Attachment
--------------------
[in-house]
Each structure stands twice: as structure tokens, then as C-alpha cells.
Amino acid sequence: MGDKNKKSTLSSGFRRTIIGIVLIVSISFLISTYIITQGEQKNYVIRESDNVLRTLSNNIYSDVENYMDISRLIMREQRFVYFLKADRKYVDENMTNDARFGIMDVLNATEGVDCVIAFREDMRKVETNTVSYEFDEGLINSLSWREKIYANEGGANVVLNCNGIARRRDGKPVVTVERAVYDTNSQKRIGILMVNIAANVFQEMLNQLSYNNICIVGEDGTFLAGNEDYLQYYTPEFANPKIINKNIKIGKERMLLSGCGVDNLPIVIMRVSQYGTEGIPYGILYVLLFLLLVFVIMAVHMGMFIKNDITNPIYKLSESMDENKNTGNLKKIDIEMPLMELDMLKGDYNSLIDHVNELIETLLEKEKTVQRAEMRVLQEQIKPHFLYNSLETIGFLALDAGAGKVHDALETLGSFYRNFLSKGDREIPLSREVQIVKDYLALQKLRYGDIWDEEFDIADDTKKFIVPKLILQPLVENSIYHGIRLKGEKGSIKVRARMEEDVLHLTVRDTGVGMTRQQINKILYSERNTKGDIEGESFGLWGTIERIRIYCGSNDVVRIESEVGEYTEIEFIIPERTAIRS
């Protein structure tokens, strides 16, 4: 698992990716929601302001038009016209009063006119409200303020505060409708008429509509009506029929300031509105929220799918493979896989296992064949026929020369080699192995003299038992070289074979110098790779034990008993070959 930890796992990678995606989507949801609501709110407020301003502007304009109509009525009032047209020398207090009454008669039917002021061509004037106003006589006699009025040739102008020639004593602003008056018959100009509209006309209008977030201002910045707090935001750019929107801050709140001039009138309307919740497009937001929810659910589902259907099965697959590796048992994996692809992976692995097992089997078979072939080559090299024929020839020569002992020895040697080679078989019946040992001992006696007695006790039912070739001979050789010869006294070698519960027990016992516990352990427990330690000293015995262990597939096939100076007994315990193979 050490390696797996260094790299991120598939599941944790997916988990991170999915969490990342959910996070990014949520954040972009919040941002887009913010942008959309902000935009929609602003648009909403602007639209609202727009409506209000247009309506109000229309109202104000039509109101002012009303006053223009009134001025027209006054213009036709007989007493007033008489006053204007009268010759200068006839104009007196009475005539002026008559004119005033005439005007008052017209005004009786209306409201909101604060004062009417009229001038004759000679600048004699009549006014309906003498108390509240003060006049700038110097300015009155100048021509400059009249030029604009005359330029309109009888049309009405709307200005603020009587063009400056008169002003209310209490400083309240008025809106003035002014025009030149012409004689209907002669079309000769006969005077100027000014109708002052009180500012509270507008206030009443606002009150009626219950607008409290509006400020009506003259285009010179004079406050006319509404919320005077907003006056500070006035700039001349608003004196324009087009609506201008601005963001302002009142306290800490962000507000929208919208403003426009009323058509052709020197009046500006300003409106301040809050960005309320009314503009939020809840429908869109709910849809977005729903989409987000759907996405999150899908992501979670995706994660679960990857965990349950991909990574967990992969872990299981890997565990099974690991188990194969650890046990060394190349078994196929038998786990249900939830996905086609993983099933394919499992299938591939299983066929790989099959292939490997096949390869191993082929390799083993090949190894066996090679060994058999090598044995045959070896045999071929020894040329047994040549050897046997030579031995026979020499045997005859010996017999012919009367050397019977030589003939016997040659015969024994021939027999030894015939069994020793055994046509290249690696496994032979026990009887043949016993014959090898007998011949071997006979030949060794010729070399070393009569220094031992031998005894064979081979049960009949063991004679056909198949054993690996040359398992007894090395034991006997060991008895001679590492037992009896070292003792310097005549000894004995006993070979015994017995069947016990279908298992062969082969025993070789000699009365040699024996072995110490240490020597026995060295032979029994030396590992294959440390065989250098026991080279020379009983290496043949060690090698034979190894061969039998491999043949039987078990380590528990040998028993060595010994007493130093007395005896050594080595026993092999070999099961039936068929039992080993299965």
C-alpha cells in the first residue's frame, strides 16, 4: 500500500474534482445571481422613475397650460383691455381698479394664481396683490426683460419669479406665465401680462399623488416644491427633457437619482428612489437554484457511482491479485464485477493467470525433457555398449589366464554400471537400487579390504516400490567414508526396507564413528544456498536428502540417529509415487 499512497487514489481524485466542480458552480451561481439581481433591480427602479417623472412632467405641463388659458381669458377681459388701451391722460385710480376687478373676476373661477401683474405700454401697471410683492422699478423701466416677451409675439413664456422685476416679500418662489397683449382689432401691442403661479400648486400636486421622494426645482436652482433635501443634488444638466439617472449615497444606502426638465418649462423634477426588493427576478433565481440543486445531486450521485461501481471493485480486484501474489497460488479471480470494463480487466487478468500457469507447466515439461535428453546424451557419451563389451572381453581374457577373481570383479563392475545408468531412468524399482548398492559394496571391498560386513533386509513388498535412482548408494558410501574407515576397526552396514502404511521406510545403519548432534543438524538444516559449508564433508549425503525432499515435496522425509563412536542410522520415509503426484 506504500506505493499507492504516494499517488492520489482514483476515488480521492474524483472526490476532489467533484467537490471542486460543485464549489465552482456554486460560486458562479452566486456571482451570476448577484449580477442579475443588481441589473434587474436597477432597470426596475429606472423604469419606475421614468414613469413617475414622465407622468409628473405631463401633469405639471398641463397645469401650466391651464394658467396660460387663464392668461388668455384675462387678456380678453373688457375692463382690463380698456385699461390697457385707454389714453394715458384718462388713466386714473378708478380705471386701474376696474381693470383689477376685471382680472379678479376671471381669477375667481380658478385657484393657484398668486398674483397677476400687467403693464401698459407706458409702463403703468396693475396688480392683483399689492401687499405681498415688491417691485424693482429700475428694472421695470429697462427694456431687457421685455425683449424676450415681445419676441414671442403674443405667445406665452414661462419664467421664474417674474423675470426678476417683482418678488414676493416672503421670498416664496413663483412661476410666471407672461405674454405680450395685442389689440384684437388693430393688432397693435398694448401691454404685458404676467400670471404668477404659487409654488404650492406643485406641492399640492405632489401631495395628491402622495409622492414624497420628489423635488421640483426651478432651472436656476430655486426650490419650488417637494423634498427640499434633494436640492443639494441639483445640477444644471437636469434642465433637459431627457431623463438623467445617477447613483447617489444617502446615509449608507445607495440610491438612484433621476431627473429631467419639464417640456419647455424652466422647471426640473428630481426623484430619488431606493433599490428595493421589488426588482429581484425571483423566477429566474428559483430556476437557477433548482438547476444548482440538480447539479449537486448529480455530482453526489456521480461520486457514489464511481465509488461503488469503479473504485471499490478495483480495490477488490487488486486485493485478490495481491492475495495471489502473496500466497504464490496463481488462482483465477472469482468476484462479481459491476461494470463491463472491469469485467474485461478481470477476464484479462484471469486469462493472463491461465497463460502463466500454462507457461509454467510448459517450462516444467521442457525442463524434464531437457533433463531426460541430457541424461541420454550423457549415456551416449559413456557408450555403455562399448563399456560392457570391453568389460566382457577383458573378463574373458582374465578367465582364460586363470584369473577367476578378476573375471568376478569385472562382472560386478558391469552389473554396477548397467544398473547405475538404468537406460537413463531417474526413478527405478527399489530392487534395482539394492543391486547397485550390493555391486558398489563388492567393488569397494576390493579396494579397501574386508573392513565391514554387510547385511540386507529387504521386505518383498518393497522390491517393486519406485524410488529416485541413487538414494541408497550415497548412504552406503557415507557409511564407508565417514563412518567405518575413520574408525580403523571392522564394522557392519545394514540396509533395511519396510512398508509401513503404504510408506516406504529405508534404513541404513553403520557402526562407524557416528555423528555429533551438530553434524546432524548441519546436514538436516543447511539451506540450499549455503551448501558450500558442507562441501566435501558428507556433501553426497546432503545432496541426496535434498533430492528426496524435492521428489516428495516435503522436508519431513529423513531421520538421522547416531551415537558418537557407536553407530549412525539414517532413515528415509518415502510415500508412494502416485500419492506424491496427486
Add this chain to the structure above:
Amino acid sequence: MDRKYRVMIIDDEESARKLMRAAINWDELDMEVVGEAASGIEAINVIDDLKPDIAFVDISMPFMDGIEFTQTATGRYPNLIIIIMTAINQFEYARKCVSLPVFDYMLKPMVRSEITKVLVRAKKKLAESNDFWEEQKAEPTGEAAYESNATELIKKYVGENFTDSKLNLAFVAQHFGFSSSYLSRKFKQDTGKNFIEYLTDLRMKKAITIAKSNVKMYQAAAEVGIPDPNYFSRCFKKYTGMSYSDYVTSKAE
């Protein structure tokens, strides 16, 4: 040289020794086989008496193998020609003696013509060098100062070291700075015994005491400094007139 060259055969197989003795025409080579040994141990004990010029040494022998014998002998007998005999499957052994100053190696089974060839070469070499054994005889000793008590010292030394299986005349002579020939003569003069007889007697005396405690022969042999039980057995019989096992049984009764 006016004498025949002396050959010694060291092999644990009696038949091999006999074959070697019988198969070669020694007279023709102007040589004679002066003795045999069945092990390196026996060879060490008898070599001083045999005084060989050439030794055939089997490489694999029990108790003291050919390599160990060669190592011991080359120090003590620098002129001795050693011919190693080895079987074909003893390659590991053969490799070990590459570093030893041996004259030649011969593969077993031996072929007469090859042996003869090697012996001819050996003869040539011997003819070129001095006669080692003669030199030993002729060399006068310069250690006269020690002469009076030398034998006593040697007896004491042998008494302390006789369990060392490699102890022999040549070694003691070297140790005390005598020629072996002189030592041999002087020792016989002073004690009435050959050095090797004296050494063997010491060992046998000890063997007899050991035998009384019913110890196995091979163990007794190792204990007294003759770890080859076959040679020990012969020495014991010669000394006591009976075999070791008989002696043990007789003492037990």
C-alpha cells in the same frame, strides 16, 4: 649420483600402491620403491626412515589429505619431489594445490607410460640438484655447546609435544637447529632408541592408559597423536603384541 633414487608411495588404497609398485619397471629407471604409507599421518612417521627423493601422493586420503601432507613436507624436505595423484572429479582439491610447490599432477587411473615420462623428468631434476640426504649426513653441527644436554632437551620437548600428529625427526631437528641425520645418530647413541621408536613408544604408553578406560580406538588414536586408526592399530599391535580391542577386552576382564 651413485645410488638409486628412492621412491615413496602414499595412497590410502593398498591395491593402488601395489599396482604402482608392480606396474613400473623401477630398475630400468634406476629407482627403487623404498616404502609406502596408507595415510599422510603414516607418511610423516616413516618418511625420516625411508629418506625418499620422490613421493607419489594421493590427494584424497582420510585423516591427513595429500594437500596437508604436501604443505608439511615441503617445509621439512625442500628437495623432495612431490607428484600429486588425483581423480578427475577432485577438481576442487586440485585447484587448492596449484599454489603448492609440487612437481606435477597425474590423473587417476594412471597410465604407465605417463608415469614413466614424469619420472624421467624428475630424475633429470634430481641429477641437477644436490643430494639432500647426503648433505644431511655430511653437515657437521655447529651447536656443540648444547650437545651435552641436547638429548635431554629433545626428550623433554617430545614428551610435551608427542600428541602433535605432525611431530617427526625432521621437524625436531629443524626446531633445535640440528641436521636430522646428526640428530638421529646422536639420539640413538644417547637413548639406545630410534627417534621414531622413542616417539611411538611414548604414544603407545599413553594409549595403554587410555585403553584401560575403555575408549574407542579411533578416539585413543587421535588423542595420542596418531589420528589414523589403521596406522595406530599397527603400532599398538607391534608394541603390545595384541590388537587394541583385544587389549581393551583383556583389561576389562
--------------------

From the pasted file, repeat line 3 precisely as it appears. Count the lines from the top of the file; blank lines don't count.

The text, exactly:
Amino acid sequence: MGDKNKKSTLSSGFRRTIIGIVLIVSISFLISTYIITQGEQKNYVIRESDNVLRTLSNNIYSDVENYMDISRLIMREQRFVYFLKADRKYVDENMTNDARFGIMDVLNATEGVDCVIAFREDMRKVETNTVSYEFDEGLINSLSWREKIYANEGGANVVLNCNGIARRRDGKPVVTVERAVYDTNSQKRIGILMVNIAANVFQEMLNQLSYNNICIVGEDGTFLAGNEDYLQYYTPEFANPKIINKNIKIGKERMLLSGCGVDNLPIVIMRVSQYGTEGIPYGILYVLLFLLLVFVIMAVHMGMFIKNDITNPIYKLSESMDENKNTGNLKKIDIEMPLMELDMLKGDYNSLIDHVNELIETLLEKEKTVQRAEMRVLQEQIKPHFLYNSLETIGFLALDAGAGKVHDALETLGSFYRNFLSKGDREIPLSREVQIVKDYLALQKLRYGDIWDEEFDIADDTKKFIVPKLILQPLVENSIYHGIRLKGEKGSIKVRARMEEDVLHLTVRDTGVGMTRQQINKILYSERNTKGDIEGESFGLWGTIERIRIYCGSNDVVRIESEVGEYTEIEFIIPERTAIRS